Both Miami and Dubai are multicultural. Miami, being on the southeastern tip of Florida, has a strong Cuban influence. It has a large Hispanic and Latino population and is home to Little Havana.
Dubai has many Lebanese, Indian, Russian, and European residents. Actually, Dubai is home to 150 different nationalities! You’ll find that entertainment venues cater to all tastes, sometimes leaving you feeling as though you are in a melting pot. Venues such as MusicHall bring in a variety of performers from Lebanon, Russia and beyond, and somehow the combination works.
Dubai has developed a problem with pollution over the years, particularly in hotter months. Traffic emissions hover near the ground and the air stagnates around Sheikh Zayed Road. Cars are monitored for emissions, but the sheer amount of traffic leads to air pollution.
Miami has better air quality. In addition, drinking water is purer in Miami than in Dubai. In Dubai, the local Masafi bottled drinking water comes from the ground, but some other brands of bottled drinking water is desalinated water. It is better to drink from bottles rather than from the tap. Both cities maintain a clean and tidy appearance with lots of parks and clean outdoor beaches.
Personal safety is taken for granted in Dubai. Both women and men can walk at night without fear of being robbed. Assault and armed robbery are virtually unheard of. Some assaults do take place but generally they happen between acquaintances, rather than as random acts of violence.
It is not advisable to accept rides home from strangers though, as there have been cases of people being driven into the desert and assaulted.
Miami has a higher lever of crime, including both violent crime and property crime. The drug trade is more visible in Miami than in Dubai. That isn’t to say that there aren’t any in Dubai. Rather, because possession, sale and use of drugs in Dubai is so strictly forbidden and enforced, you won’t see much visible drug use in the community.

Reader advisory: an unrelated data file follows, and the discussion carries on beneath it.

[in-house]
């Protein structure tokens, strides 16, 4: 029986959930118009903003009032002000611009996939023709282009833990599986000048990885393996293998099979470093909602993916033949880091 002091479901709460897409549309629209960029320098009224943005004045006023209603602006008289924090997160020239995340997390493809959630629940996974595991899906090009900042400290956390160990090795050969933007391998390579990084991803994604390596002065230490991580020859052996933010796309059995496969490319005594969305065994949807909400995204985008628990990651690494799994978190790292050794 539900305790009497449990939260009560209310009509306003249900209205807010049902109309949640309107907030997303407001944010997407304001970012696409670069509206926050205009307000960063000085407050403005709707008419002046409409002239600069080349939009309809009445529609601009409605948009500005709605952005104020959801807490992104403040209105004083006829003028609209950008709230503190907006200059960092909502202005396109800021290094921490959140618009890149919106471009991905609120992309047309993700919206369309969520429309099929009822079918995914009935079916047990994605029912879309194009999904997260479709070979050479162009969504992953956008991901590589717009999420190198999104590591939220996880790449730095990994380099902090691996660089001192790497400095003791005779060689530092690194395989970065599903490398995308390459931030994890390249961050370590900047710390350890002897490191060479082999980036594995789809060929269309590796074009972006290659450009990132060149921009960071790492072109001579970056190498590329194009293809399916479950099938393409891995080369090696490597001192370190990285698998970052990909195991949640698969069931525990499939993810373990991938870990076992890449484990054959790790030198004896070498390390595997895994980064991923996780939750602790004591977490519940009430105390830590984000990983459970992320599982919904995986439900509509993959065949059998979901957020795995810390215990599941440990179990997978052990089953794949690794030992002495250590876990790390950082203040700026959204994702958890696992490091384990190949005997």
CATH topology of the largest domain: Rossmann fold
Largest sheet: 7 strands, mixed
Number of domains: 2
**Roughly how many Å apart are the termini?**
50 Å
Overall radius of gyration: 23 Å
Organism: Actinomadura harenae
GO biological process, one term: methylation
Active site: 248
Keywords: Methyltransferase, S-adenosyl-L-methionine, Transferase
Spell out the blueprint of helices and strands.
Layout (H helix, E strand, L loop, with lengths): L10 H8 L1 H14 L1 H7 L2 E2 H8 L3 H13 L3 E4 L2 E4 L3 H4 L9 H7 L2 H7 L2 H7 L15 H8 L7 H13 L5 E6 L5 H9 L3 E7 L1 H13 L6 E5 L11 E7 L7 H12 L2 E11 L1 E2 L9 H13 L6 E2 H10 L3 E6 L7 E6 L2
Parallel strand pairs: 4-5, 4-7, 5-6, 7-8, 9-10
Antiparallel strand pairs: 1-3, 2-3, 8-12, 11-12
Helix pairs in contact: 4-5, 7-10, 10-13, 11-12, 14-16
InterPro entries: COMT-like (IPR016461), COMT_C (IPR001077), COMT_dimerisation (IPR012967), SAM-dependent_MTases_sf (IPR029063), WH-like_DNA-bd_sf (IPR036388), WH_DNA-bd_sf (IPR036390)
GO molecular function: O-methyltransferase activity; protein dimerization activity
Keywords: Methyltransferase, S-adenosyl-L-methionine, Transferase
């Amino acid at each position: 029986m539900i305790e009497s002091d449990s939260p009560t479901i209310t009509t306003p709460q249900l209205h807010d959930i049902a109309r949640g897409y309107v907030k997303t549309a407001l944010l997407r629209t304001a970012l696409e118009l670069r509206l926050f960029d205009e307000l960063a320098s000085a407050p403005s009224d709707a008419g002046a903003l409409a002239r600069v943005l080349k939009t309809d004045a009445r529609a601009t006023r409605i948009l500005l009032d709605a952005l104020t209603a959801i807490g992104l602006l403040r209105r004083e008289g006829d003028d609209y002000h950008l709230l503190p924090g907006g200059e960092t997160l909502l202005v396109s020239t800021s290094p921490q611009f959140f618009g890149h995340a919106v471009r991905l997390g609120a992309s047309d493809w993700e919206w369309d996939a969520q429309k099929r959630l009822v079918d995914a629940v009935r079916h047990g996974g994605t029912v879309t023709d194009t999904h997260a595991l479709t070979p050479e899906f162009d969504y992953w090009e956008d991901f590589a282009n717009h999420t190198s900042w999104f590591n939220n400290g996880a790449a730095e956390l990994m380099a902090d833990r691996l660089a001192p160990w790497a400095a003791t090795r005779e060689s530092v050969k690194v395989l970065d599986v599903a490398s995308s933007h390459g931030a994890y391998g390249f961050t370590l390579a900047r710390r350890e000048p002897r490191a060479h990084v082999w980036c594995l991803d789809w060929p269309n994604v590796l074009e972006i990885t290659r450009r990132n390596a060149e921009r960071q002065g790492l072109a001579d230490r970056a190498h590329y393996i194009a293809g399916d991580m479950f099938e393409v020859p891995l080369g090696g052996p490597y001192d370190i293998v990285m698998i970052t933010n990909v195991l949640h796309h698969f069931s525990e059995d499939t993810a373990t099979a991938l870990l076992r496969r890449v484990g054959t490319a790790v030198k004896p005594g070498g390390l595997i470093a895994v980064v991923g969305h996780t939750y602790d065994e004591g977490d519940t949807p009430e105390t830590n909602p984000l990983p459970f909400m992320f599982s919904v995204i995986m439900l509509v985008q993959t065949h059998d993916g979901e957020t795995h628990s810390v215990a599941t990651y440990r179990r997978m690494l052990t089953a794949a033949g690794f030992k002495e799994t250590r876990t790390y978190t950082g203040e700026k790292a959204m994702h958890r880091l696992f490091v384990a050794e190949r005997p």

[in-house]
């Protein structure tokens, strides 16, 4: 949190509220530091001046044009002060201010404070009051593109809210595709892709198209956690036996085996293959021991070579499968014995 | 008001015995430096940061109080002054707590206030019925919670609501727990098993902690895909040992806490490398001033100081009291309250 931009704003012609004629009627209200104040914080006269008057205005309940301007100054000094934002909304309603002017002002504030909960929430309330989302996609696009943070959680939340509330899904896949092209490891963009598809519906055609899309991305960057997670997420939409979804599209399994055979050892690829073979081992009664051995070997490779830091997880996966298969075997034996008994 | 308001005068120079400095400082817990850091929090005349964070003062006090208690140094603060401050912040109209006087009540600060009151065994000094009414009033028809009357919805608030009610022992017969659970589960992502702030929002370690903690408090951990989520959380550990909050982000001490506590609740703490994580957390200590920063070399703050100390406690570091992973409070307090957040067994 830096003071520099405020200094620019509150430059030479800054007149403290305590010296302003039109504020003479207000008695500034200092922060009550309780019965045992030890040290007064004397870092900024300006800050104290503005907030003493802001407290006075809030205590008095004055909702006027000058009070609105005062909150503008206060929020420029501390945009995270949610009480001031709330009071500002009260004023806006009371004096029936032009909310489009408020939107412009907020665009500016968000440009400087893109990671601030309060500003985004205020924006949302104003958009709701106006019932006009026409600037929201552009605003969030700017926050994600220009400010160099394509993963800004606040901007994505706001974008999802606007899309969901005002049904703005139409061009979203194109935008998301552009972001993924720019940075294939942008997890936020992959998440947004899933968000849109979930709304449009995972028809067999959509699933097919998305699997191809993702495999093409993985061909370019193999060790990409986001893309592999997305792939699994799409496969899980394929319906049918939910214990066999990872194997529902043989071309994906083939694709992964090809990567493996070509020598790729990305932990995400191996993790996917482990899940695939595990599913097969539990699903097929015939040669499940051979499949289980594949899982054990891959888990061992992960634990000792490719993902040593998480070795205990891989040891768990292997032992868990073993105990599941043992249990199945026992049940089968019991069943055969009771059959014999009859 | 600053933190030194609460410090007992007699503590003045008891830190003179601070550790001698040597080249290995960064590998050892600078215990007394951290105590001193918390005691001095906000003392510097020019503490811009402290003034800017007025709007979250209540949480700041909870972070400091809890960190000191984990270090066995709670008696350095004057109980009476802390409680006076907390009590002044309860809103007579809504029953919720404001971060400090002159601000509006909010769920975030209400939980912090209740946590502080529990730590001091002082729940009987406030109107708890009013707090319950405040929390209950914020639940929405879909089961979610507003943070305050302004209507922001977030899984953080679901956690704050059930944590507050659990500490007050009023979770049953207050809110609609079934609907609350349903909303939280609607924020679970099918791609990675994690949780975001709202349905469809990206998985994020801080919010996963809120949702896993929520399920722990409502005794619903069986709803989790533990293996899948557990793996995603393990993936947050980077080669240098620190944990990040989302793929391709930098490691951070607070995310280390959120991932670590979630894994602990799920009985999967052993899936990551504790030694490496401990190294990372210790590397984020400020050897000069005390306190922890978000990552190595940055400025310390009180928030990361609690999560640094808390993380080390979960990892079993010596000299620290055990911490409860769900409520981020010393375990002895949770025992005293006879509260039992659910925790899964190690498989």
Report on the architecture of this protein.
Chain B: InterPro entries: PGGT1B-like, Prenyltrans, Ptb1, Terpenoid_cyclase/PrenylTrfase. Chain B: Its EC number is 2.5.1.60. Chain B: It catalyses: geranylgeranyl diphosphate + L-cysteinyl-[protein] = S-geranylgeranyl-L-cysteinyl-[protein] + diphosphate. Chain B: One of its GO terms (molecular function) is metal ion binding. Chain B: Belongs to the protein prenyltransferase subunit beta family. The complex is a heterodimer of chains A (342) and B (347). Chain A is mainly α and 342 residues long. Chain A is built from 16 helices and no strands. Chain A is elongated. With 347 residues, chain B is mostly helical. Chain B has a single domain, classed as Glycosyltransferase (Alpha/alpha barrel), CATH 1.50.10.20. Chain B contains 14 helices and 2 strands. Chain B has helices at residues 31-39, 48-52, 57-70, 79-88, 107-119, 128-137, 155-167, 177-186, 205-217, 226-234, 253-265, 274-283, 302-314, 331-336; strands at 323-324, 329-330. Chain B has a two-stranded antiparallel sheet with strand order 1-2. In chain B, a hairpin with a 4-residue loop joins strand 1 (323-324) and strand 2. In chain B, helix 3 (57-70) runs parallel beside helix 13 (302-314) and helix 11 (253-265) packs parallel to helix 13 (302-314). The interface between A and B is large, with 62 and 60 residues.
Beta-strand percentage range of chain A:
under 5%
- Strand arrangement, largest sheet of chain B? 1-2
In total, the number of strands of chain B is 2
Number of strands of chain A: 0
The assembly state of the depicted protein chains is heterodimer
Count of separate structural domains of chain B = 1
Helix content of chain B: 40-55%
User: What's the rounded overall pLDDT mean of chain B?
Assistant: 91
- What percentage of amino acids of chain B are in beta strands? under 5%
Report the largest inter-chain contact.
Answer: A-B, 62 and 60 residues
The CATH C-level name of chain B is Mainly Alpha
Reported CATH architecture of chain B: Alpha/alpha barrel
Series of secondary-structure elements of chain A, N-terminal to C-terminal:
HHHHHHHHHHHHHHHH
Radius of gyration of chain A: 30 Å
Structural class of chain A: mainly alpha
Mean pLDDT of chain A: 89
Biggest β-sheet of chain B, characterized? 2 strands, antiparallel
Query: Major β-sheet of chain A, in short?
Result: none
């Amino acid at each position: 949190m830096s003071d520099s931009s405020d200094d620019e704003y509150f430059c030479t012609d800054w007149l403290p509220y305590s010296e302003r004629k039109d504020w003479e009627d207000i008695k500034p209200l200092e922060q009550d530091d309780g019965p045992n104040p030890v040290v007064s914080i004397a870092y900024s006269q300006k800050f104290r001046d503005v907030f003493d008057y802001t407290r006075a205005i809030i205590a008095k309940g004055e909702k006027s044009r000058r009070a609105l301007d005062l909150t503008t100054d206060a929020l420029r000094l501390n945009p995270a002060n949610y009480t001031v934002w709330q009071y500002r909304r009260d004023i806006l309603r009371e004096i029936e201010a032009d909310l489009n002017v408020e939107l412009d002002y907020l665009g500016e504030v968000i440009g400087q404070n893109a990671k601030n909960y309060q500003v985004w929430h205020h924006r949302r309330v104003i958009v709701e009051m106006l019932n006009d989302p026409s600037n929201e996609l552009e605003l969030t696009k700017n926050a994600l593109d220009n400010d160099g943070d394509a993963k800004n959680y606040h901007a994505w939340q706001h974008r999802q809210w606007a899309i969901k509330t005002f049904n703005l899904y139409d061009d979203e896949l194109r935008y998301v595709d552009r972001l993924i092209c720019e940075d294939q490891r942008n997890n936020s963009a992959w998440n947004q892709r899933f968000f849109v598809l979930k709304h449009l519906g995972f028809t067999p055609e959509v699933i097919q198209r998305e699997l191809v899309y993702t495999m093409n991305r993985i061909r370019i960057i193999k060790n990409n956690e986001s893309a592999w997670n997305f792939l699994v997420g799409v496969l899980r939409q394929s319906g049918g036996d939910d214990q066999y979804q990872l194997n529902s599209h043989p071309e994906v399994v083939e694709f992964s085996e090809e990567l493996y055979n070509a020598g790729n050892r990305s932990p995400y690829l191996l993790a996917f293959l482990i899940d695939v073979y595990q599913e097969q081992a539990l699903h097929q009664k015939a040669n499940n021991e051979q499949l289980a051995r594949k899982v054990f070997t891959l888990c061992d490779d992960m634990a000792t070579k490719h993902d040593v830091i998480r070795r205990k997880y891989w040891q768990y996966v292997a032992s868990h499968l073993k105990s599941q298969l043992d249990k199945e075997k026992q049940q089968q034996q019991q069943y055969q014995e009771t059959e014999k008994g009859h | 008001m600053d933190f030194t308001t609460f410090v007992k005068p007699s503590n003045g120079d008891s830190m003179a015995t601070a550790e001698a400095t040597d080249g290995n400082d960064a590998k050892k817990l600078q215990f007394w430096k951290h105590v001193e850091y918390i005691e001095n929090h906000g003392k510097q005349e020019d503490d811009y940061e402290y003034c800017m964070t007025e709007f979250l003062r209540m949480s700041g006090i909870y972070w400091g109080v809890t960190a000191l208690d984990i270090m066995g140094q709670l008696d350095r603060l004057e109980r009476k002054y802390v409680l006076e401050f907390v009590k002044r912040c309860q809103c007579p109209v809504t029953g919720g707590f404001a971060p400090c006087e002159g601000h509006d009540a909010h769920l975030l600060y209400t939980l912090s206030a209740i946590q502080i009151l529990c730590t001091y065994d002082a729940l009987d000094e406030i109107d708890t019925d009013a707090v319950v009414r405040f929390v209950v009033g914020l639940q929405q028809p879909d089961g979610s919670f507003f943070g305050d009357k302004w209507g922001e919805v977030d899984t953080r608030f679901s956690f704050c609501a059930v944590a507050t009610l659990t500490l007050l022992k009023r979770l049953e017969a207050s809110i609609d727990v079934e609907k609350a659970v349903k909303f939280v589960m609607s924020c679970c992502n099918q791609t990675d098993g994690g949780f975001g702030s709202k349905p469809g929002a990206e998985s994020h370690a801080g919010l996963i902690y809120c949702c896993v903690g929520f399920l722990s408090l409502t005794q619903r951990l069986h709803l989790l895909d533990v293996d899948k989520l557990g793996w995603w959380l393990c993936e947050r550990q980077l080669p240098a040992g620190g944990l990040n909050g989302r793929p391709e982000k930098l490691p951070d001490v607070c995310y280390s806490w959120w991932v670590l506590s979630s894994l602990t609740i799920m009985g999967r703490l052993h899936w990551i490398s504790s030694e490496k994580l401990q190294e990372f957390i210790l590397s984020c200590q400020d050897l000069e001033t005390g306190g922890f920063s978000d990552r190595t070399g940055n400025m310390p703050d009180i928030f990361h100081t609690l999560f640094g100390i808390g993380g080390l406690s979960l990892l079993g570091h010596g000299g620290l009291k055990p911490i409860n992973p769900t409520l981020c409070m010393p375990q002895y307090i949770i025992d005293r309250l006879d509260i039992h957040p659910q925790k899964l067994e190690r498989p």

Plus, expatriates who are found with drugs are generally given jail time and then deported, thus contributing to lesser use.
The cost of living in Dubai and Miami is about the same, but housing prices fluctuate in Dubai and are generally more expensive than in Miami (by around 20%).
Some nationalities need to obtain a tourist visa prior to arriving in Dubai. There is a list of countries whose nationals will be given a 30-day visa upon arrival in the UAE. You can generally find good discounted hotel rooms (even at the five-star hotels) during the hottest summer months, which are June through August.
Looking through the tourist lens at Dubai and Miami, it is easy to see why each city has its own unique appeal. While both are attractive destinations in their own right, Miami appeals more to those looking to explore the Art Deco neighborhoods and Cuban-inspired restaurants made famous over the past century.
Dubai is more appealing to those who want a five-star experience and who are interested in exploring Arabian Gulf culture and hospitality. Dubai is also a good mid-way point for those venturing to further destinations.